Magnification Matters

Adapting to life with vision loss can be frustrating and challenging. Ironically though, it can also be rewarding and successful. Community Services for the Blind and Partially Sighted understands that living with partial vision is not easy, and we know of tools and resources that can make it easier to live independently.

There are many people who likely have well used magnifiers lying around their home. Whether it be borrowed, inherited from previous generations, or purchased from a local drugstore, it can be difficult to find the perfect magnification device, without visiting a low vision professional. This is hands down the best way to find out which magnifier would be most beneficial in enhancing your eyesight.

When it comes to choosing the best magnifier, the Low Vision Staff at CSBPS considers the tasks and activities for which the device will be used. They offer special training, teaching the necessary skills to properly utilize the magnifier. Field of view (what you actually see through the magnifier) is another important thing to consider. For example, as magnifiers go up in strength, the field of view becomes smaller and the focal distance shorter. This requires the materials to be held closer to the eyes. A variety of magnifiers are available with differences in shape, size, and power. The four most common types of magnifiers are: hand, stand, spectacle, and electronic.

The most popular, and recognizable type of magnifier is the hand magnifier. Many individuals find these magnifiers easy to use, being that they are portable and relatively lightweight. The user can also adjust the distance between the eye and the lens, creating a greater working range. To achieve maximum benefit, the magnifier has to be held steadily at the correct focal distance, which in some situations can be challenging.

Stand magnifiers have a preset focal distance, and rest directly on the surface of reading material. Most stand magnifiers are equipped with self-contained illumination, providing additional lighting. It is a great option for those who have a hard time holding the hand magnifier. When using the stand magnifier it is best to look directly into the lens preventing distortion. It is not ideal for writing, as many of the frames obstruct the pen. Both hand and stand magnifiers are designed for quick reading tasks. Typically, theyre used for reading newspapers, labels, menus, mail, recipes, and more.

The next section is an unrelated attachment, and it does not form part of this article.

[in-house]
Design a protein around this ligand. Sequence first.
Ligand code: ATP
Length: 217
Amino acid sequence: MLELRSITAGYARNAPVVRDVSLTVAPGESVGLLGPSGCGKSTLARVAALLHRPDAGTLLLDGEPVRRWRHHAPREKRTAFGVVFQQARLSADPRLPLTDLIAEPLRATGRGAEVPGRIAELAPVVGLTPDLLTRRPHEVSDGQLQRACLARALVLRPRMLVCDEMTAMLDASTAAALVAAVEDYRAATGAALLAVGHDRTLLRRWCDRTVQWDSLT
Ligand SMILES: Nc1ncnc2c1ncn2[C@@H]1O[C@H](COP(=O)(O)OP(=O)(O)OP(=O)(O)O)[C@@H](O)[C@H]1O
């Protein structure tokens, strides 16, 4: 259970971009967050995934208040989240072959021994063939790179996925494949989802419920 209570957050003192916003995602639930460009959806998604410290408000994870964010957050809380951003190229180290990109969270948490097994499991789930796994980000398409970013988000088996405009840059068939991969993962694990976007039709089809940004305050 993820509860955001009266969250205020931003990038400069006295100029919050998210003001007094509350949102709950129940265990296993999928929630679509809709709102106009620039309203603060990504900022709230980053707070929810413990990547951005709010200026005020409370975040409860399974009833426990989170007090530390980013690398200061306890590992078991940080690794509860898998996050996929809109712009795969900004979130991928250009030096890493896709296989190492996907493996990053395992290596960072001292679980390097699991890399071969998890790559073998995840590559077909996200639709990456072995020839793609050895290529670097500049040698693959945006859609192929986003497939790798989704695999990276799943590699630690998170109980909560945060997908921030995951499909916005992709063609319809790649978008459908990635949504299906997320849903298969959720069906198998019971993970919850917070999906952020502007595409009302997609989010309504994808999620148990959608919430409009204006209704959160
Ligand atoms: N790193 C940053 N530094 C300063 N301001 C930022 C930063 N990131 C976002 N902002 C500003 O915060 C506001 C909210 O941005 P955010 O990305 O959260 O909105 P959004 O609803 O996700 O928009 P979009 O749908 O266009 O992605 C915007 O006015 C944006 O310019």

Spectacle magnifiers are strong lenses that look similar to glasses, but are for reading only. This type of magnifier is beneficial because both hands remain free to adjust reading or writing materials. The field of view when wearing them is larger than hand and stand magnifiers, but the working distance is shorter. This is due to the fact that the user is required to hold material closer than usual in order to read.

Electronic magnifiers, or Closed Circuit Televisions (CCTVS), are powerful tools in helping people overcome vision obstacles .A CCTV is a reading system that enables users to zoom in and read a variety of materials. It uses a stand-mounted, or hand-held video camera to project a magnified image onto a monitor. The stand-mounted has a larger screen than hand-held, and works well when the viewing material is placed flat on the units viewing surface. The hand-held is more portable, making it possible to position the camera on the material. CCTVs are most useful with adequate training.

Magnifiers are only part of the solution and must be chosen carefully! While the right magnifier can help, the wrong magnifier can be frustrating. Many drug-stores carry low-powered versions of hand, stand, and spectacle magnifiers, but their strength are generally not strong enough for those with significant sight loss. The Low Vision Staff at CSBPS assesses remaining vision, helping to determine the most appropriate magnifier for your individual goals and needs, and teach skills for effective use.

For further information, contact Community Services for the Blind and Partially Sighted.We are a nonprofit agency, serving people in King, Snohomish, and Skagit counties.Vision rehabilitation services include; Low Vision Clinic (in Seattle, Bremerton, and Sedro Woolley), social work, rehabilitation, mobility, and computer training, as well as an adaptive aids store, Sight Connection.Reach CSBPS at 1(800) 458-4888,, or